Next year, Tesla expects to bring to market its Model S, which features multiple configurations, including a base model priced at less than $50,000, according to CTO and co-founder JB Straubel. (Source: Tesla)
Tesla's price point of $30,000 for its third-generation vehicle will still keep in the category of luxury EV maker as opposed to some of the mainstream EVs like the Nissan Leaf. That said, there is a significant number of folks willing to pay a premium for top-of-the-line cars and EVs will be no exception. Is the high price tag on Tesla vehicles directly tied to the battery or is it because they equip their vehicles with more luxury type features--leather seats, heated seats, GPS, and whatever else is considered standard fare in top-of-the cars?
I realize this is probably a pipe dream, but is solar anywhere near to being a cost-effective way to re-charge or improve range ? I think the Toyota Prius has a solar option, but it is only enough to vent the hot air from the interior for a few minutes before driving.
Their $109,000 Roadster is equipped with luxuries, Beth. I doubt that would be the case for a $30,000 vehicle. When a customer's battery recently died (it was the customer's fault) Tesla quoted him a $40,000 pricetag for a replacement battery, according to the NY Times. I don't know how they'd have room for luxuries, even if battery price comes down dramatically.
No, solar would never really be possible, but I did convert my lawn mower to solar. There's just enough energy to charge the batteries once a week, and that gives you an idea of how much energy you can collect from a 4 square foot panel. I never thought I'd recover the cost of the solar cells, but with current fuel prices I may even recover the cost of the SLAs too.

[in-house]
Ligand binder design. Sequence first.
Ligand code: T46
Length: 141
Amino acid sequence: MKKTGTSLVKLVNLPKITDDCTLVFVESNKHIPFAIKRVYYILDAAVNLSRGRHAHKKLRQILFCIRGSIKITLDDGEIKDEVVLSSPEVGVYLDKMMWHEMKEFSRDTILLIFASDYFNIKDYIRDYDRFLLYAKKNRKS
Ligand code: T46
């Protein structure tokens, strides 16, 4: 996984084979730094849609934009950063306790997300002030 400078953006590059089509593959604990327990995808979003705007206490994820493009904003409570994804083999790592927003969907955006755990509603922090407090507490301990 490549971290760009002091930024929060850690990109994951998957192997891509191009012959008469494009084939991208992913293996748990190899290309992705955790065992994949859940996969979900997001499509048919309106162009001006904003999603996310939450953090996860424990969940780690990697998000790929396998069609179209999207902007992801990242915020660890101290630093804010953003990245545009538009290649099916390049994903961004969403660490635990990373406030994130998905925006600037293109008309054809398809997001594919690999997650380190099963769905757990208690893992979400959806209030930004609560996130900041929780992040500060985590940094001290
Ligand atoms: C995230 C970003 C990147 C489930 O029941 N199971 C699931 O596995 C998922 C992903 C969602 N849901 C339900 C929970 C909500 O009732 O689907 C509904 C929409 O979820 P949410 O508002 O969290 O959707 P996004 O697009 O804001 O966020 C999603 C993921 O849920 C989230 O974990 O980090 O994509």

Currently 90-100% of electricity is generated from fossil fuels. How will an electric car cut our dependence on fossil fuels? As electric cars increase in number, a greater burden will be placed on the Power Infrastructure, meaning more fossil fuel buring generators. So far, alternative energy sources have been laughable. The only thing this headlong rush to electric cars is doing, is shifting the fossil fuel burden from one sector to another. And may even increase dependence due to the energy lost from the now 2nd energy conversion. I think what we have here is the cart before the horse.
Enough with the Tesla Roadster cost disinformation. 0-60 in 3.7 seconds! This is not a family sedan by any stretch of the imagination. The only cheaper comp is the Chevy Corvette at ~60K. Any of the rest ... if you have to ask, you can't afford it. The Tesla roadster is not a commuter econobox - the Nissan Leaf possibly is intended to be.
I expect we'll see more and more electric motors on performance vehicles due to the high low-end torque that electric motors can deliver and due to the ability to provide independently controlled torque on each wheel.
As far as the luxury market is concerned, it's smaller but what it lacks in volume it makes up in price. Eventually, you might be able to compare a Tesla SUV to a Lexus hybrid SUV ... Tesla's target price doesn't seem to be out of line.
First, fossil fuels do not account for 90-100% of power generation, although they contribute way too much with or without EVs. This is a problem in itself. The assumption that fossil fuel power generation is the way of the future is sick. Also, the available fraction of renewable energy during off-peak hours, when EVs are likely at home on the charger is much higher. Natural gas in particular is primarily used for on-peak peaking.